Testing output from each backend (was: [cairo] State of Win32
tml at iki.fi
Tue May 10 00:33:11 PDT 2005
Owen Taylor writes:
> The test are expected to fail in this case ... the reference images
> are four-channel.
Oh, I see.
> But if the images don't look right at all when using RGB24, then
> that might indicate a problem with cairo_surface_write_png().
Hmm. I'll have a look.
> The only correct way to do this operation under Unix is to use
> dup2(), so unless that works under Windows (seems unlikely)
Yes, dup2() does work on Windows. (It's handled by the C library, not
the OS, but it does works like on Unix.)
> > + *closure = surface = _cairo_win32_surface_create_dib (CAIRO_FORMAT_ARGB32, width, height);
> I don't like this much. The stuff in test/ should only be using public
> API ... the above isn't even going to work if we start properly
> controlling exports to the DLL, right?
Well, code duplication doesn't sound like a good idea either. Should
this functionality then be promoted to public?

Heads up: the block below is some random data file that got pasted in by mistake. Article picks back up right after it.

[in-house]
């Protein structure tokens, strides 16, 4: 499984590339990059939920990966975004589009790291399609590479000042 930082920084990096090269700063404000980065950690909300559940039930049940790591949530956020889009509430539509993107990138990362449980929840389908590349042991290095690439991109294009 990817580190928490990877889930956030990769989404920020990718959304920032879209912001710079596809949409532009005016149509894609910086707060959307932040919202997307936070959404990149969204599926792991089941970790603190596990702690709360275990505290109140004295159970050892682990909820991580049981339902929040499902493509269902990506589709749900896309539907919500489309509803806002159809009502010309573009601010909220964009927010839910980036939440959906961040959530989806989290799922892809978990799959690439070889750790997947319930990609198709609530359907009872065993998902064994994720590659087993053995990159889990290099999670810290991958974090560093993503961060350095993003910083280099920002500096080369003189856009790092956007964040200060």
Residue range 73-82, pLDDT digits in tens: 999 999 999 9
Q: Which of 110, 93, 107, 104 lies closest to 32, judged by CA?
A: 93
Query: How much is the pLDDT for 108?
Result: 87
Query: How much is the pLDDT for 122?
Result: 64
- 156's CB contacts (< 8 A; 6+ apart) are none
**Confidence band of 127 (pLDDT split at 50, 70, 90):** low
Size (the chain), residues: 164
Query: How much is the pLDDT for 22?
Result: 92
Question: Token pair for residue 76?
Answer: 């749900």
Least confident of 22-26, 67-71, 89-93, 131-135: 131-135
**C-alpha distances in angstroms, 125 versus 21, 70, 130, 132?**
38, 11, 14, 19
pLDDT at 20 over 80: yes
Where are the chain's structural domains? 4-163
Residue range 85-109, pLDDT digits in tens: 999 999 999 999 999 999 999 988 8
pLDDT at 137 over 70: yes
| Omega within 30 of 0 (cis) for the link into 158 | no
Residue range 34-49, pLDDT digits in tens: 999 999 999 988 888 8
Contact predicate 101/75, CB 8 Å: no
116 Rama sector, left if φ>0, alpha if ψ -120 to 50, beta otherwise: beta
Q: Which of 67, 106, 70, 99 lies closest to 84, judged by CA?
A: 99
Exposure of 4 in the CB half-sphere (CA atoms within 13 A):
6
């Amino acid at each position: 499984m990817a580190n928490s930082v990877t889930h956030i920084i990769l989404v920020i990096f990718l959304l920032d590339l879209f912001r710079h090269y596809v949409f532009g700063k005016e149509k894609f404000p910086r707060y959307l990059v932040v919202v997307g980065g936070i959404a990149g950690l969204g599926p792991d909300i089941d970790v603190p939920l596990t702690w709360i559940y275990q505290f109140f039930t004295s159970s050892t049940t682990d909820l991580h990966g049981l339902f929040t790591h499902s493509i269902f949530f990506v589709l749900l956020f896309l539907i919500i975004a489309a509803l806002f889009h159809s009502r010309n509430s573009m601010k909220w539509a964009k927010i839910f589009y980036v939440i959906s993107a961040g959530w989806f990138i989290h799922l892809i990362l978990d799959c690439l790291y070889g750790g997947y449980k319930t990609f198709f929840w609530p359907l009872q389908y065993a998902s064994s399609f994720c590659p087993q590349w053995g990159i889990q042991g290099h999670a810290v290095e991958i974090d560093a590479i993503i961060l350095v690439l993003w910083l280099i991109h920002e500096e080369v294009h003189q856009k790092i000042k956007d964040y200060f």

> Now the basic conceptual problem is that there aren't hardware
> accelerated ARGB32 destination surfaces in the win32 backend ....
Hmm. I don't understand... but then I can't claim understanding much
of cairo anyway ;-)
Do you mean that cairo-test *should* test CAIRO_FORMAT_RGB24 formats?
If I do that the tests all fail badly currently. The *-win32-out.png
files end up mostly black. Could this be because RGB24 surfaces are
still created as 32-bit DIBs in _create_dc_and_bitmap(), and the code
then expect them to actually contain true alpha bytes, even though
these are never initialized? Or something like that?
> > - *rowstride_out = (width + 1) & -2;
> > + *rowstride_out = ((width - 1)/4 + 1) * 4;
> > - *rowstride_out = ((width + 15) & -16) / 8;
> > + *rowstride_out = ((width - 1)/32 + 1) * 4;
> These gives bad results for width == 0... while that may not
> matter much, I'd rather see correct expressions. It's easy
> to adapt the original to the dword alignment case.
Hmm, but my eyes glaze over when I see bitwise operations with
negative integers (other than -1)... Using just the four arithmetic
ops makes it somewhat easier to understand, IMHO.
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